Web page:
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Department of Molecular Life Sciences

Dr. Eric Meyer


Curriculum Vitae
Groupmembers / Alumni



Disease associated alterations in angioarchitecture

There is a wide range of disorders associated with alterations of the central and peripheral vascular system. Angiogenesis plays a fundamental role in many normal physiological processes and in a number of pathological conditions including tumor growth, rheumatoid arthritis, ischemic retinopathies, macular degenerations and chronic asthma. More recently, neurodegenerative diseases other than vascular dementia or stroke, have been associated with vascular alterations. Reduced blood flow has been reported as a consistent physiological deficit in later stages of Alzheimer's disease (AD) and also might be an important factor in mental illness. Recent reports suggest significant regional blood flow changes in schizophrenia, depression and bipolar disorder as well.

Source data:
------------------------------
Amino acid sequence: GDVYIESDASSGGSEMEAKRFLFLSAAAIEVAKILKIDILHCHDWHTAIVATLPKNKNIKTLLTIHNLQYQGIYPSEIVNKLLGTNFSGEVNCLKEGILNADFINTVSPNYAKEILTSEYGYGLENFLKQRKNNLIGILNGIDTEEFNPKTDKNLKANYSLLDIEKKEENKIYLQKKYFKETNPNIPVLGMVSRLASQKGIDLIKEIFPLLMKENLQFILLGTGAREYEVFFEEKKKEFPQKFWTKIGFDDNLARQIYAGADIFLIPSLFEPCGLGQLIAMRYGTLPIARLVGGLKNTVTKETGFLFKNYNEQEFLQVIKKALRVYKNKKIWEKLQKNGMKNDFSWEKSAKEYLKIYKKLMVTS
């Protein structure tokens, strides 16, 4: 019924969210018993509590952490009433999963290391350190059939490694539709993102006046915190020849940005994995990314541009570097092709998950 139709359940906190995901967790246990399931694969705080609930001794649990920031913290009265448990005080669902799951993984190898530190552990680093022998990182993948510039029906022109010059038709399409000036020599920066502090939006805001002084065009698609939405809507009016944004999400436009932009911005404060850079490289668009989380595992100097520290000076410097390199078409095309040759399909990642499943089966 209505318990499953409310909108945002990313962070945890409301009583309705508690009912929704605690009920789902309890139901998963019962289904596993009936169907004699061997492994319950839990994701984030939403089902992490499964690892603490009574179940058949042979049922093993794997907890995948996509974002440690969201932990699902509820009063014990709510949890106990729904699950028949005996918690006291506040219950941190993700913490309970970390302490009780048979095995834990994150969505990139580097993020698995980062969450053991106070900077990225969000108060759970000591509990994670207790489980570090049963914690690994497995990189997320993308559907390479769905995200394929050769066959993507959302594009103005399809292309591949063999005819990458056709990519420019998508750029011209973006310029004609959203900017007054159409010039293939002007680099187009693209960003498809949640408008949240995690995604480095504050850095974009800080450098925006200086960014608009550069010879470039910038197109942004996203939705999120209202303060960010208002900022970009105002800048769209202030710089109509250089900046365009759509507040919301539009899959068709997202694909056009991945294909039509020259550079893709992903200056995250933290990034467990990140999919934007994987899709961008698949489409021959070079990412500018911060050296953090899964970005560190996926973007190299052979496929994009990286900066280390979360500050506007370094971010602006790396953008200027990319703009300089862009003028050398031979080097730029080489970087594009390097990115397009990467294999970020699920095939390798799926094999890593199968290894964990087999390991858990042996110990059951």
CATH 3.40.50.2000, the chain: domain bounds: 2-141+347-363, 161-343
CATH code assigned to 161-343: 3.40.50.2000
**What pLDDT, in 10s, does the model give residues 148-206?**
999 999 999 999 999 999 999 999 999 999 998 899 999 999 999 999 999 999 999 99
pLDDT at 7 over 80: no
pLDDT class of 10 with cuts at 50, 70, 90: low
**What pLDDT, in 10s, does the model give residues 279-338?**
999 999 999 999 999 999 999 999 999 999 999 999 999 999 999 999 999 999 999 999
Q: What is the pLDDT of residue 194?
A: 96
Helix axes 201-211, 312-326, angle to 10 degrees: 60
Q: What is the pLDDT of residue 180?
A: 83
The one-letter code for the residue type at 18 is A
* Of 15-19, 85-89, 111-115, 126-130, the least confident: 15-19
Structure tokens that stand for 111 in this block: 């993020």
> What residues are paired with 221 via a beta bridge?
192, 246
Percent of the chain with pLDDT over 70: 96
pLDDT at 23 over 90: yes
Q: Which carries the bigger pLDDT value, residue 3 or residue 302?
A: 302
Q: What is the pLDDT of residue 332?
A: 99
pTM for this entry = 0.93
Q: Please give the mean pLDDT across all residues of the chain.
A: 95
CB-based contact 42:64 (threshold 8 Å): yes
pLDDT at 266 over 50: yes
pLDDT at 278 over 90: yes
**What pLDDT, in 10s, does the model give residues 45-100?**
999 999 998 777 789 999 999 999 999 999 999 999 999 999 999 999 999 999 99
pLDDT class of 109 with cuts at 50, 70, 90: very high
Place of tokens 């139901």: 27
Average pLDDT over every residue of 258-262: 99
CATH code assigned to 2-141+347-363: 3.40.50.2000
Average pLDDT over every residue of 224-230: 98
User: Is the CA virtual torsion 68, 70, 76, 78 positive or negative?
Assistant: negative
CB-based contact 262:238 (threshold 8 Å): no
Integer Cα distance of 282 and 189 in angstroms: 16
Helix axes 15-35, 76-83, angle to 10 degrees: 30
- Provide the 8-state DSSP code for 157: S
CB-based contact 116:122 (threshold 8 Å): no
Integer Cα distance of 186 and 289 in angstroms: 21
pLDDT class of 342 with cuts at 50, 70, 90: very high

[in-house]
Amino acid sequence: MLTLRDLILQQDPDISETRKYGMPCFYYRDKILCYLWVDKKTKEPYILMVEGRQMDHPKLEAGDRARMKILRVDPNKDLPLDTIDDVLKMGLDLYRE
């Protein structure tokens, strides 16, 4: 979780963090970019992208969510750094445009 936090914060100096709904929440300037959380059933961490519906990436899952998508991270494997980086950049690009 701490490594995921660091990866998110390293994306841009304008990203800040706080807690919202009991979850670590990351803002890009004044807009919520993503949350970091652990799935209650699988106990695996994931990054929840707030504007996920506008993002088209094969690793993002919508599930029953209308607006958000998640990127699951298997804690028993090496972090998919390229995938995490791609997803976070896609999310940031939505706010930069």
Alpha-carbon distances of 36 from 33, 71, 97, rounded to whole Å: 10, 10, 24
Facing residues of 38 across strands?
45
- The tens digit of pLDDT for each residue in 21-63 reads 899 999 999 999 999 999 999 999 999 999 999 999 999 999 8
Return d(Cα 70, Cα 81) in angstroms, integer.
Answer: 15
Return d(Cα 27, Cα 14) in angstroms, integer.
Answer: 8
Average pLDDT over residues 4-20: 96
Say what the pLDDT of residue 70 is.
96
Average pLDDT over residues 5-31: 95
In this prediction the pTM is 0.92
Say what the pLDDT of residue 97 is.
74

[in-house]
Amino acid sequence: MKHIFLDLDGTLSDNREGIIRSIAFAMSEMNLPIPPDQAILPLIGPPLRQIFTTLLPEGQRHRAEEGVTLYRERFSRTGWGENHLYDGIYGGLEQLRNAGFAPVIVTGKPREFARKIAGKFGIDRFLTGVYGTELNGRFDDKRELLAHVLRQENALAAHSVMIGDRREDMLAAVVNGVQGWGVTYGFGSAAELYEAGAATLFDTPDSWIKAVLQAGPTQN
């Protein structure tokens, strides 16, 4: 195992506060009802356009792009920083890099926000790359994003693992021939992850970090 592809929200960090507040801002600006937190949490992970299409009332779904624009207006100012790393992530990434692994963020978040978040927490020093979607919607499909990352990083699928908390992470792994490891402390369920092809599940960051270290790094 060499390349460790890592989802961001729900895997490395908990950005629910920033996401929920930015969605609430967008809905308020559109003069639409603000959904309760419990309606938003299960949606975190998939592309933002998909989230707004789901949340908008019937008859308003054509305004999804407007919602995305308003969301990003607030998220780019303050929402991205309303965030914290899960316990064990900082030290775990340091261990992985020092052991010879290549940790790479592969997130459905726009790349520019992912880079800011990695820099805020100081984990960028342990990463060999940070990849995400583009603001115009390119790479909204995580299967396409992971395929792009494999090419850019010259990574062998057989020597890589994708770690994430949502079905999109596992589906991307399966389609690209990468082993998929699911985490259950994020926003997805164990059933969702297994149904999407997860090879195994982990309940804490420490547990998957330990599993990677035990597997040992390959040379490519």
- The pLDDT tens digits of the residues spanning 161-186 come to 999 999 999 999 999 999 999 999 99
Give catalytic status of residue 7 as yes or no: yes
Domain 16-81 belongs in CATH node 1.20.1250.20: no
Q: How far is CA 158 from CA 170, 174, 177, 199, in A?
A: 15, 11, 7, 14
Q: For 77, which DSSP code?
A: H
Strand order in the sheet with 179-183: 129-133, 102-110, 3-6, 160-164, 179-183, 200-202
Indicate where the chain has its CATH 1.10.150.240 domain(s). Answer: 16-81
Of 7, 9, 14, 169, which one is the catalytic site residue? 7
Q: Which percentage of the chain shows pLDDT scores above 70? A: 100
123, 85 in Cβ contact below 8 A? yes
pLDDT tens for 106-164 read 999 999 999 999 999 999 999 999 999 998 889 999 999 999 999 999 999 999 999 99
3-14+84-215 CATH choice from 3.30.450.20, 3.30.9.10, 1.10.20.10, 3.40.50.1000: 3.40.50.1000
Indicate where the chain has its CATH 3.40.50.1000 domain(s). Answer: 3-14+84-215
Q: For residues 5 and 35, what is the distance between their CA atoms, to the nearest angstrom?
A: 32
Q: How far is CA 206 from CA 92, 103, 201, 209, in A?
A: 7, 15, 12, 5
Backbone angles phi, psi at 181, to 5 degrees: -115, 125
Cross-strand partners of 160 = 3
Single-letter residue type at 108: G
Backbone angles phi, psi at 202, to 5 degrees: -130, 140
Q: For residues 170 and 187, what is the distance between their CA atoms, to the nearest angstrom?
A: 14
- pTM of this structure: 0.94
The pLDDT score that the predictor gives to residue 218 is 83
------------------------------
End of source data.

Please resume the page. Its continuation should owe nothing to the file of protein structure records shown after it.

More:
In a joint international effort we are in the process of implementing techniques that allow us to study the architecture and morphology of the vasculature, including microvessels and capillaries. They will allow us to assess the vascular pattern in normal and pathological tissue and determine the three dimensional architecture in tissue and organs. We will be able to characterize veins and arteries, endothelial cell shape, size, connectivity, including the integrity of the blood brain barrier. In our current research we use the APP23 transgenic mouse model for Alzheimer’s disease.

In our vascular research the following techniques are used: TEM and SEM as well as microCT and synchrotron radiation microCT.

Some questions are:

  • What is the order of events in the pathological changes of brain vasculature in the AD model?
  • How can we study the vascular density in tumors after different drug treatment?

And some further themes: Arthritis, ALS (Amyotrophic Latreral Sclerosis), Arteriosclerosis.

Weiterführende Informationen

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